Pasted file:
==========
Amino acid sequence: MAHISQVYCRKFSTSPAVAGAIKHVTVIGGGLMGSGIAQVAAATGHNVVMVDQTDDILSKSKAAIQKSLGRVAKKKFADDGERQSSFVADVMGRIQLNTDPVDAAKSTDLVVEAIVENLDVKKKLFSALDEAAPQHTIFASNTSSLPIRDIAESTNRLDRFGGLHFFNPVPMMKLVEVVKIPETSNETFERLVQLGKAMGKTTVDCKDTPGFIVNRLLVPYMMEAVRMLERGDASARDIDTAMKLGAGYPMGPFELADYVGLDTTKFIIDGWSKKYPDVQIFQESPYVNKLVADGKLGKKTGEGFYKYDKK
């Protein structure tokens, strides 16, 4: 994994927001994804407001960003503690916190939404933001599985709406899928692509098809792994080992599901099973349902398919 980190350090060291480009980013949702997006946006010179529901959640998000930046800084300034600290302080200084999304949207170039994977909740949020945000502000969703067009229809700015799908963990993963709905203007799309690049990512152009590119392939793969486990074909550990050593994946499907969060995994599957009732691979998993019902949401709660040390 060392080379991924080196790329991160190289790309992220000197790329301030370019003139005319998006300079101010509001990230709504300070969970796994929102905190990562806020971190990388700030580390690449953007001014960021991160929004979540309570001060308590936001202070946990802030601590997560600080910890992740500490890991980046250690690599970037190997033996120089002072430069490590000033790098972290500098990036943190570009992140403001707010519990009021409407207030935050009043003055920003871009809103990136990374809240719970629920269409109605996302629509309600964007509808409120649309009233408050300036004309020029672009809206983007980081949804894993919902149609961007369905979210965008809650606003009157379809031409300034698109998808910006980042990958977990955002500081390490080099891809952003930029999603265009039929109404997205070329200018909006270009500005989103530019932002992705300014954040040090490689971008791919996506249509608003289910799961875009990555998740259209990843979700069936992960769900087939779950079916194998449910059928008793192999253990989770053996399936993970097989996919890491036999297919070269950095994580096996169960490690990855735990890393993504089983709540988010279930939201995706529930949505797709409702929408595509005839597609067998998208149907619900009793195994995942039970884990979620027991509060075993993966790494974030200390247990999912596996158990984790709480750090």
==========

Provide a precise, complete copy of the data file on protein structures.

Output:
Amino acid sequence: MAHISQVYCRKFSTSPAVAGAIKHVTVIGGGLMGSGIAQVAAATGHNVVMVDQTDDILSKSKAAIQKSLGRVAKKKFADDGERQSSFVADVMGRIQLNTDPVDAAKSTDLVVEAIVENLDVKKKLFSALDEAAPQHTIFASNTSSLPIRDIAESTNRLDRFGGLHFFNPVPMMKLVEVVKIPETSNETFERLVQLGKAMGKTTVDCKDTPGFIVNRLLVPYMMEAVRMLERGDASARDIDTAMKLGAGYPMGPFELADYVGLDTTKFIIDGWSKKYPDVQIFQESPYVNKLVADGKLGKKTGEGFYKYDKK
């Protein structure tokens, strides 16, 4: 994994927001994804407001960003503690916190939404933001599985709406899928692509098809792994080992599901099973349902398919 980190350090060291480009980013949702997006946006010179529901959640998000930046800084300034600290302080200084999304949207170039994977909740949020945000502000969703067009229809700015799908963990993963709905203007799309690049990512152009590119392939793969486990074909550990050593994946499907969060995994599957009732691979998993019902949401709660040390 060392080379991924080196790329991160190289790309992220000197790329301030370019003139005319998006300079101010509001990230709504300070969970796994929102905190990562806020971190990388700030580390690449953007001014960021991160929004979540309570001060308590936001202070946990802030601590997560600080910890992740500490890991980046250690690599970037190997033996120089002072430069490590000033790098972290500098990036943190570009992140403001707010519990009021409407207030935050009043003055920003871009809103990136990374809240719970629920269409109605996302629509309600964007509808409120649309009233408050300036004309020029672009809206983007980081949804894993919902149609961007369905979210965008809650606003009157379809031409300034698109998808910006980042990958977990955002500081390490080099891809952003930029999603265009039929109404997205070329200018909006270009500005989103530019932002992705300014954040040090490689971008791919996506249509608003289910799961875009990555998740259209990843979700069936992960769900087939779950079916194998449910059928008793192999253990989770053996399936993970097989996919890491036999297919070269950095994580096996169960490690990855735990890393993504089983709540988010279930939201995706529930949505797709409702929408595509005839597609067998998208149907619900009793195994995942039970884990979620027991509060075993993966790494974030200390247990999912596996158990984790709480750090």